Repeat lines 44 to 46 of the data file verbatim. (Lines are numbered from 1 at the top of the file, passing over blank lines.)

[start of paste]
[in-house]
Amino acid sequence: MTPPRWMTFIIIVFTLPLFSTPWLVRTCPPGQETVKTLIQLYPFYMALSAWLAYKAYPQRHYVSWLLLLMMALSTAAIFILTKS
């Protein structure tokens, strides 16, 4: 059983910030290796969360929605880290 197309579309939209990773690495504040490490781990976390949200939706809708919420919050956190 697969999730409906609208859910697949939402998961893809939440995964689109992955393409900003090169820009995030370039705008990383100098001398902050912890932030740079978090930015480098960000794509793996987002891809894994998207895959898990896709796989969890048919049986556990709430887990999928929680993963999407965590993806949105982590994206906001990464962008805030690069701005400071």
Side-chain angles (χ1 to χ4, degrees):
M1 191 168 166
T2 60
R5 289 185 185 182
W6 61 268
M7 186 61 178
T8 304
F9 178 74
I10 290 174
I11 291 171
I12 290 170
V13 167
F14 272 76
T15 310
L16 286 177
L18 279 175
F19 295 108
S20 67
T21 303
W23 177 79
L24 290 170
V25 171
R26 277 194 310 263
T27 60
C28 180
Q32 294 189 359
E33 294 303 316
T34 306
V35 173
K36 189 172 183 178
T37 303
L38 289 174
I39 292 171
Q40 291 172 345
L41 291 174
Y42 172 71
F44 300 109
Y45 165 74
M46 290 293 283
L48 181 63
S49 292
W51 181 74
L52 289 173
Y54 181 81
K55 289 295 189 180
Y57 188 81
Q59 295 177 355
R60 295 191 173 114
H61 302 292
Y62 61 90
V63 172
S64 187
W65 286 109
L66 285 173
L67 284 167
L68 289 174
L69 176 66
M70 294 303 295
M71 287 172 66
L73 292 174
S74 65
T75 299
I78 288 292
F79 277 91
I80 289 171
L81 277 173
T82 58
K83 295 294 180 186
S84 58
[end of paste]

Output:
S49 292
W51 181 74
L52 289 173